Have a Question? Call Us: (855) 876-3060
This product requires a prescription. There is no compounding without a prescription for "office use" per FDA regulations.
Benzocaine Lidocaine Tetracaine Cream
Pre-procedure topical anesthetics like BLT cream are effective in the numbing of the epidermis prior to laser, cosmetic, and dermatological procedures. Some procedures that these anesthetics are used for include laser hair removal, dermal filler and Botox injections, and laser tattoo removal.
BLT Cream – Triple Anesthetic Cream for a Variety of Procedures
Triple anesthetic creams can provide effective cutaneous anesthesia as early as 15 minutes after application. BLT cream contains three active ingredients: benzocaine, lidocaine and tetracaine. It is one of the most potent topical anesthetic creams available for laser treatments and other cosmetic procedures. Patients almost always prefer a topical anesthetic. Topical anesthesia helps improve patient outcomes by making procedures easier for both the patient and the practitioner.
This cream can also be used by dentists before injections of Botox for treating TMD and bruxism, orthodontic therapy, and other conditions affected by maxillofacial muscles.
BLT Cream Compounding
Our benzocaine lidocaine tetracaine cream is compounded in either a hydrophilic cream or plasticized ointment base. Our product is thick, never runny and milled thoroughly two times to ensure premium quality. Healthcare professionals throughout the country who perform skin procedures trust our high quality topical anesthetic products. Different formulations are available based on your needs and can include varying ingredient strengths.
|BLT Cream Compounds|
“Topical Triple-Anesthetic Gel Compared With 3 Topical Anesthetics” – Cosmetic Dermatology
“Toxicities and Maximum Recommended Doses of Topical Anesethetics” – International Journal of Pharmaceutical Compounding
Download Prescription Forms
Click on the link to view prescription forms. If you have not accessed the page before, please call us at (855) 876-3060 for a password and further instructions.
More Information About Benzocaine, Lidocaine, Tetracaine Cream
While most healthcare practitioners will use BLT Cream appropriately and safely, some are not aware that its anesthetic effects are significantly greater than over-the-counter numbing creams. These are just a few important points to remember when using BLT Cream.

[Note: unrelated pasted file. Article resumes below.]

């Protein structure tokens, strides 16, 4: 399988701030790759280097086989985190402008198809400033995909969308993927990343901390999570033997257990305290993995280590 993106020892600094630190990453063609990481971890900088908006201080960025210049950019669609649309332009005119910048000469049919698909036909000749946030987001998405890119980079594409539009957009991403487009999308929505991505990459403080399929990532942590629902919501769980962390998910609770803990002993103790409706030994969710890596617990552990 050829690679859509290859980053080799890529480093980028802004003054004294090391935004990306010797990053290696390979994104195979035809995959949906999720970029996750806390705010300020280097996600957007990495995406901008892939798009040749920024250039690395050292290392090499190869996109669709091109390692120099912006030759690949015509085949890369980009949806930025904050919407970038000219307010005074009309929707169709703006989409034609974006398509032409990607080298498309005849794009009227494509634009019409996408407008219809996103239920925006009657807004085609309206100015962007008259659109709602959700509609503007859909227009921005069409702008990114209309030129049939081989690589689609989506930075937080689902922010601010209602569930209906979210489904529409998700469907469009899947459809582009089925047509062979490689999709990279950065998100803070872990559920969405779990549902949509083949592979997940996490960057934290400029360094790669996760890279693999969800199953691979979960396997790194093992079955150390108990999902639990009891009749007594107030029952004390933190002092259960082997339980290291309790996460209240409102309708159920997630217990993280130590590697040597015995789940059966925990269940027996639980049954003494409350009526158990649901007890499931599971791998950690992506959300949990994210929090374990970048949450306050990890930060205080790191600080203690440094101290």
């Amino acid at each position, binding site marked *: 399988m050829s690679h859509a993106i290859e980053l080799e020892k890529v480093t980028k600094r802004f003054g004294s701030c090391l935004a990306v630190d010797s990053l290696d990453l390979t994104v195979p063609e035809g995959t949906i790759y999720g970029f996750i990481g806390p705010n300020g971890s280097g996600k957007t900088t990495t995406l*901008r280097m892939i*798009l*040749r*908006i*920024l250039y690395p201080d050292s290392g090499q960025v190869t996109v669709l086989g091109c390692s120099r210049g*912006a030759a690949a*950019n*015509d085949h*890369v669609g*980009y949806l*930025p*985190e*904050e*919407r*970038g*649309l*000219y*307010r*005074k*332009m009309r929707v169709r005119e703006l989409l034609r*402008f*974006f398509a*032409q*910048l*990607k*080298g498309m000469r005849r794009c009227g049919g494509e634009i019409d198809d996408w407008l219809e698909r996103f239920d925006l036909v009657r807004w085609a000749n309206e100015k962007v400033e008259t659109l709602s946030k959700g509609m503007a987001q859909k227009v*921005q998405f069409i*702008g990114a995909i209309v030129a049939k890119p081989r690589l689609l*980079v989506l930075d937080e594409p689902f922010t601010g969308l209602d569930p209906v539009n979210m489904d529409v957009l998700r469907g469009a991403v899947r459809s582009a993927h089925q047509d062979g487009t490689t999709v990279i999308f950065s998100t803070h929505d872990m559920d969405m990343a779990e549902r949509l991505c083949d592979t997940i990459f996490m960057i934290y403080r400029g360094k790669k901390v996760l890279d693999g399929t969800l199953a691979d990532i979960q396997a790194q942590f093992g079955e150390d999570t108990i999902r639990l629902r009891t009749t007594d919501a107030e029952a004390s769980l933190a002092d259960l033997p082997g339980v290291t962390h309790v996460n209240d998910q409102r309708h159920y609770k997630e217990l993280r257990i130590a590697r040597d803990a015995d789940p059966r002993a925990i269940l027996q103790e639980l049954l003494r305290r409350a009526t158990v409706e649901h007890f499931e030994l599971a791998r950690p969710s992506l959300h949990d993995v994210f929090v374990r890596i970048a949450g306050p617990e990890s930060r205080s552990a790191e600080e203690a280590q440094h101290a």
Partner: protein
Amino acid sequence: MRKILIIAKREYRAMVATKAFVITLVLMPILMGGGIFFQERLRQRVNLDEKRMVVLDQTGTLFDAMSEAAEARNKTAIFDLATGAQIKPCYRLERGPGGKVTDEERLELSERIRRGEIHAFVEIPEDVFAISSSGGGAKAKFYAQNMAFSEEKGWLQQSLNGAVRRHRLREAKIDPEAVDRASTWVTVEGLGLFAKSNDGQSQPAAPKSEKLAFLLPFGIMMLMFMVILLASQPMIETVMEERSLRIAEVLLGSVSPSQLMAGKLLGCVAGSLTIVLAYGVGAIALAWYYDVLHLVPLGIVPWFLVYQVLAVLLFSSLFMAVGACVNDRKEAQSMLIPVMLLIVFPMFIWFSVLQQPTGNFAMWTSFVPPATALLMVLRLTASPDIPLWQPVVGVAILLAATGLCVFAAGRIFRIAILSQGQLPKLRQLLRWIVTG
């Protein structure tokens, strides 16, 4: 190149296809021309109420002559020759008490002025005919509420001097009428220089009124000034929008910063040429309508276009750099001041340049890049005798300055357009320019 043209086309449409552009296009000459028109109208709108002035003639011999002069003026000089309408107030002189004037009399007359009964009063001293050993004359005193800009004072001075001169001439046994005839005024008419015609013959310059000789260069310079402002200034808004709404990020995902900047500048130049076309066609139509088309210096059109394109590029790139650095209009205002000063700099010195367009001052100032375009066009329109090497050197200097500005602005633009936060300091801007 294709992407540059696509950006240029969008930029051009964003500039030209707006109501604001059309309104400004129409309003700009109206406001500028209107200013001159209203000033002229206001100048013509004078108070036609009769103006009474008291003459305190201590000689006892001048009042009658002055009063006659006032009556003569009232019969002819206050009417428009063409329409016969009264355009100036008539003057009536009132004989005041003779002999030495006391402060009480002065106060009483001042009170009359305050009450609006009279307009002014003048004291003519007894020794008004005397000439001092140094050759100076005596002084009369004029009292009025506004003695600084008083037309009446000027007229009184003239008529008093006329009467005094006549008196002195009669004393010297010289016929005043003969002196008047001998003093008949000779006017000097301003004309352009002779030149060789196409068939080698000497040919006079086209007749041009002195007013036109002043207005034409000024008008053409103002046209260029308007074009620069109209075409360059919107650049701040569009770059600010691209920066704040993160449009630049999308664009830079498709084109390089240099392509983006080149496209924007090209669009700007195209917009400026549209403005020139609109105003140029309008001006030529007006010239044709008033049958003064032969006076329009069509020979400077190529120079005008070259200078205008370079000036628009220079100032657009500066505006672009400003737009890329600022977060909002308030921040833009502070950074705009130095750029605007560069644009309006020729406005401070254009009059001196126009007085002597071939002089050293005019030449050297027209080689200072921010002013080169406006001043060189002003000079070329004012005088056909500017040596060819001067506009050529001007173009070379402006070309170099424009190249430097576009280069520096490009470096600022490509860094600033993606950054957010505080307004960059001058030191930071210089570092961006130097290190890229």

- Compounded topical anesthetics are to be applied by TRAINED PRACTITIONERS ONLY. They are not intended for patients to use at home. Compounded topical anesthetic creams are significantly stronger than commercially available numbing creams. The most frequent cause for systemic toxicity from topical anesthetics is when patients apply the cream themselves under occulsion prior to laser hair removal of the legs. Patients should never be given a compounded topical anesthetic to take home. In addition, all compounded topical anesthetics are for patients and NOT FOR RESALE.
- Compounded topicals are not for use on extended areas of the body. For large treatment areas either break treatment up into multiple sessions, or limit application of the cream to select areas that are most sensitive and forgo application to less sensitive areas.
- NEVER occlude the area where you apply any compounded topical anesthetic. This method is sometimes used with lower-potency anesthetic creams, but can elevate serum concentrations of anesthetic to dangerous levels. Occlusion is not necessary with compounded topical anesthetics.
- Topical anesthetics should only be applied to intact skin. Disruption of the stratum corneum significantly enhances transepidermal absorption of BLT cream. This may be beneficial in some situations but will increase systemic levels of the anesthetics. Contact with broken skin can lead to increased systemic absorption of the anesthetic ingredients and result in toxicity.
- Early recognition of the warning signs of toxicity is essential. These warning signs may include numbness of the tongue, lips, and mouth, a metallic taste, light-headedness, tinnitus, slurred speech, muscle twitching, restlessness, and anxiety. Once it is suspected that a patient is experiencing any of these signs or symptoms, the topical anesthetic must be immediately washed off and appropriate measures taken to treat anesthetic overdose.
- Methemoglobinemia: Some local anesthetics have been associated with methemoglobinemia. The risk is greater for patients with congenital or idiopathic methemoglobinemia. Very young patients, especially infants under twelve months old, are more susceptible. Certain drugs besides local anesthetics also increase the risk of methemoglobinemia. Signs of methemoglobinemia may occur immediately or may be delayed hours after exposure, and are characterized by a brownish, cyanotic skin discoloration and/or abnormal coloration of the blood.
- Contact with Eyes: Always make sure to avoid topical anesthetic coming in contact with the eyes. Contact can cause severe irritation. Immediately wash eyes if contact is made with the anesthetic.
- Benzoyl Peroxide Interactions: Benzoyl peroxide chemically reacts with topical anesthetics, causing a significant reduction in their numbing effect. Make sure that the skin area is devoid of any previous treatment with benzoyl peroxide or thoroughly wash skin before application.
- Additive Effects of Local Anesthetics: The systemic toxic effects of local anesthetics can be additive when combined. Using a topical anesthetic with an infiltrative anesthetic or other topical anesthetics can potentially increase systemic concentrations to dangerous levels.